It’s time to see how many people remember which memories. The first goal is to see if most people have all, some, or only a few of the most-reported alternate memories.
Also, this was only the first poll of many. Future polls will look for other patterns among alternate memories and those who recall them. Continue reading
Many people who visit the Mandela Effect website have fond memories of the Berenstein Bears books. They read them as children, or family members read them aloud. It’s a cherished childhood memory.
However, the books in this timestream are Berenstain Bears. A, not E, in last syllable.
That’s not what most visitors seem to remember. The following are among the many memories people have shared, sometimes as part of longer comments. The vast majority recall the books as Berenstein Bears.
Now and then, patterns seem to change. Perhaps it’s a coordinated ripple in our social consciousness. I’m not sure. The following thoughts may seem philosophical, but they’re not. I’m talking about cultural studies and real events.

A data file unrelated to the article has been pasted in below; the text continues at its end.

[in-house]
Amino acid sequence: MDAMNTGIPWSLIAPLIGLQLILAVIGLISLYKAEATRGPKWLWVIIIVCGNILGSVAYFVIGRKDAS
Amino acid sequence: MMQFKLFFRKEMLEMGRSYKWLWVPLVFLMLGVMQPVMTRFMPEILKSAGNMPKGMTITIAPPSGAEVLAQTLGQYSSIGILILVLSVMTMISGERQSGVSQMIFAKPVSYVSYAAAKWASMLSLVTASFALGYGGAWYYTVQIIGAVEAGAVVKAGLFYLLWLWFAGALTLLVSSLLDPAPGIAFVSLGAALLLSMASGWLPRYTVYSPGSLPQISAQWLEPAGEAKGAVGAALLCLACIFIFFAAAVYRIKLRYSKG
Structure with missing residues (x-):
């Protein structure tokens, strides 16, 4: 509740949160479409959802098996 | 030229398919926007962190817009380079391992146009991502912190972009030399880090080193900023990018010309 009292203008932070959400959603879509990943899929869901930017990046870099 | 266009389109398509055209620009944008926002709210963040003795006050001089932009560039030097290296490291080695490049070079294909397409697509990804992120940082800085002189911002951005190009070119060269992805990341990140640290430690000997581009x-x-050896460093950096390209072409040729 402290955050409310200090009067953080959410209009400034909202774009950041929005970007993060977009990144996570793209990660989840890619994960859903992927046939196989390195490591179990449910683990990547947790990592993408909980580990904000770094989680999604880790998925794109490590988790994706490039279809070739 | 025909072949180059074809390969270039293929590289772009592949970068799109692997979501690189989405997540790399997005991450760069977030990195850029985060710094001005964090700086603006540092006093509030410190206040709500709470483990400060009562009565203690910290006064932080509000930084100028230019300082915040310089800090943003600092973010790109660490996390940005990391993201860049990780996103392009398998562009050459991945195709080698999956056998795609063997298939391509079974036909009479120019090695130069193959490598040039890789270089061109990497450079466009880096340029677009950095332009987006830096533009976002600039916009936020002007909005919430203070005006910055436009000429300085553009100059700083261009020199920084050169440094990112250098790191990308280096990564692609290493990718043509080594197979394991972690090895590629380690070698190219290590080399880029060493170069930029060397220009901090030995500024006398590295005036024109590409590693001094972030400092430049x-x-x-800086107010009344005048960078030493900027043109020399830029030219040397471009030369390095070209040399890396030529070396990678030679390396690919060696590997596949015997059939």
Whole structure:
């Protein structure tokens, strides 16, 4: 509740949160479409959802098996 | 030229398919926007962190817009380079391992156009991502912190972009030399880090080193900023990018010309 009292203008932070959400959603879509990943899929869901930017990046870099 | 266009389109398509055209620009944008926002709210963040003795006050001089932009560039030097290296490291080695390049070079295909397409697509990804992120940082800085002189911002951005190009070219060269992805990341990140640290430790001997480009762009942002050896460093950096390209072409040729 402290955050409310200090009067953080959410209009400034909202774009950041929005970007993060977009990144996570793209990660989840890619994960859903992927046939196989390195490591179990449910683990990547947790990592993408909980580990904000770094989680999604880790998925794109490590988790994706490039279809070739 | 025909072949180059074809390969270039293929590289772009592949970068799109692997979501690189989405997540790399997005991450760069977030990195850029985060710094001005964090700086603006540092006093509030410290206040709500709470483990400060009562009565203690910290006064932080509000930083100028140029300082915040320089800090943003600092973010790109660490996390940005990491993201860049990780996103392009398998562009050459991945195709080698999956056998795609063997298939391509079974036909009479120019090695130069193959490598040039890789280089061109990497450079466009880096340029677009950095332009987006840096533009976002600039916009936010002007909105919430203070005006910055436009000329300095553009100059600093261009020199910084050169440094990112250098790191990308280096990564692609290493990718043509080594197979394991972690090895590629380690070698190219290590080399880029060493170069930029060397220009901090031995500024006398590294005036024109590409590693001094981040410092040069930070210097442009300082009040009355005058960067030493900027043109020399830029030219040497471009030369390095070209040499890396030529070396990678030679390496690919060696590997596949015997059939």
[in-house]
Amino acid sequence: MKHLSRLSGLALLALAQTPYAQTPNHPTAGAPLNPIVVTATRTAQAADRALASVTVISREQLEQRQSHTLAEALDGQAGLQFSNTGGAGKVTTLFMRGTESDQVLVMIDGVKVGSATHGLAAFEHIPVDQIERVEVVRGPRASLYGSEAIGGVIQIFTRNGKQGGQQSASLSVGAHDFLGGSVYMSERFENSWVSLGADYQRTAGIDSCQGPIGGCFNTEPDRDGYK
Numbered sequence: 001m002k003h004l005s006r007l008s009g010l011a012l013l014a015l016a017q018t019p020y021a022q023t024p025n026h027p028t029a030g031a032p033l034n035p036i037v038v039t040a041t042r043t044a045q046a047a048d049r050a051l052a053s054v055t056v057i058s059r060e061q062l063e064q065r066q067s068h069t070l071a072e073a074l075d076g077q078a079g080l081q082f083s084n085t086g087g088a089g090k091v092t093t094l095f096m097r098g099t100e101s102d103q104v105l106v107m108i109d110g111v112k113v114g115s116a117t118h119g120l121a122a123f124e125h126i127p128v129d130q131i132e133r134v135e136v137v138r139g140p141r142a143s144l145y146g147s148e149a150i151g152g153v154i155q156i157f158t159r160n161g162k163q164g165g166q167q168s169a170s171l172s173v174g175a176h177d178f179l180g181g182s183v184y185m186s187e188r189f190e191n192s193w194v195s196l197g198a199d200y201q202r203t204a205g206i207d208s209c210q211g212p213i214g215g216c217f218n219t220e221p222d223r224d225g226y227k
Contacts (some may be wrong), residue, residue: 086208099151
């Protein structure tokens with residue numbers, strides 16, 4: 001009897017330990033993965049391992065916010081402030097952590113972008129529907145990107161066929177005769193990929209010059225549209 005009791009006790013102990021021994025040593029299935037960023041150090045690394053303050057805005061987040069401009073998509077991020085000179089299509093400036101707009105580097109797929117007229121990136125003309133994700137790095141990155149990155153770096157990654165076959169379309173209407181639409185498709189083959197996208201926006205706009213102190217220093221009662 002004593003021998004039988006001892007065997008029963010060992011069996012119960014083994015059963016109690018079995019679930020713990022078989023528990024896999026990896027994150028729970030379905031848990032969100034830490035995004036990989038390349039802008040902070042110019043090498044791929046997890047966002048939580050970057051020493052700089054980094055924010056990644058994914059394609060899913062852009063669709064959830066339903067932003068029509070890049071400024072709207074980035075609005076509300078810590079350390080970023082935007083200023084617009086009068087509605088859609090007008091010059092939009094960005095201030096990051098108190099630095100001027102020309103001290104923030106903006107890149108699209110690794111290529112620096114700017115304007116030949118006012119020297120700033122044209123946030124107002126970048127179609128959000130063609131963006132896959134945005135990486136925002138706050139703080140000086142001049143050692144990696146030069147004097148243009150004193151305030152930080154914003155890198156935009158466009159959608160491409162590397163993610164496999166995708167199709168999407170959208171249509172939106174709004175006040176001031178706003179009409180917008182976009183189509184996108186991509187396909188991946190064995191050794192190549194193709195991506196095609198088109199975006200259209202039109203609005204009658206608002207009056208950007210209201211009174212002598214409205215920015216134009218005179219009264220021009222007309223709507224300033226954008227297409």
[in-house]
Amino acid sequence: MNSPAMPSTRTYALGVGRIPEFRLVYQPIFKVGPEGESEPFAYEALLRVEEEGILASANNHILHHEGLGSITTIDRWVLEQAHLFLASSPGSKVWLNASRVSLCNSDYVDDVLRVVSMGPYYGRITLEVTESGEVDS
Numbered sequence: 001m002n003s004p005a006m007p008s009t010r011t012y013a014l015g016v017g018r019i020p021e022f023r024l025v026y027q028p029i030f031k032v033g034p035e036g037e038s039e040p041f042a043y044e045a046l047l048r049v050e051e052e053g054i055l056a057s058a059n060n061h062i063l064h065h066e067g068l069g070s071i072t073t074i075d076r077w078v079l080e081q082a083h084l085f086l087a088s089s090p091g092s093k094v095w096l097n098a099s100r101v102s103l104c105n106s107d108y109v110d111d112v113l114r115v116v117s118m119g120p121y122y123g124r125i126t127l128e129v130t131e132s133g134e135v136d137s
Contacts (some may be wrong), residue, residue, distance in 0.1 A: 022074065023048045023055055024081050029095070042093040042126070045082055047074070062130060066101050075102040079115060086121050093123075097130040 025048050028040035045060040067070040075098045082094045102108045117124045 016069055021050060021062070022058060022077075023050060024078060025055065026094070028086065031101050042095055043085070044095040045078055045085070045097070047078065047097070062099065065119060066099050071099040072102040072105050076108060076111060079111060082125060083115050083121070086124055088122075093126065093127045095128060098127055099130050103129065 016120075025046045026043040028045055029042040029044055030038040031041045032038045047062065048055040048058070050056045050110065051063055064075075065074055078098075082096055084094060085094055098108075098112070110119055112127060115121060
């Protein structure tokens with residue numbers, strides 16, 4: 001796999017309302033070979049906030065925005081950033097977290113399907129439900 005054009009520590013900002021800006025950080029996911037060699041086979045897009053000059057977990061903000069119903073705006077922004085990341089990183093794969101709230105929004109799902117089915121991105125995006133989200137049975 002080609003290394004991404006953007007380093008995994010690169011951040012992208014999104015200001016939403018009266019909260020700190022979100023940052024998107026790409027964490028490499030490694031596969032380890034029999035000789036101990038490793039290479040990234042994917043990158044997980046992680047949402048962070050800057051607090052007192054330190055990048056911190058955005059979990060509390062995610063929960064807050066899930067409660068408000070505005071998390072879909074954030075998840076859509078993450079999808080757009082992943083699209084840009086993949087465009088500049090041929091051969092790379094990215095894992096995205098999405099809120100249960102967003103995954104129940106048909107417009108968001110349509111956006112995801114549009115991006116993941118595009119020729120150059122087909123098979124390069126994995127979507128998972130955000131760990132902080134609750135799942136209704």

I’m not sure if they’re relevant to the Mandela Effect — either in cause or effect terms — but they’re worth considering when we’re talking about unexpected changes.
These broad scale shifts have happened many times. For example, around the time of the first Industrial Revolution, England lost the American colonies but gained Ireland. Luddite protests were a reaction to widespread job losses. Enclosures Acts literally changed the landscape. The Napoleonic Wars were part of major political transformations in Europe, as well.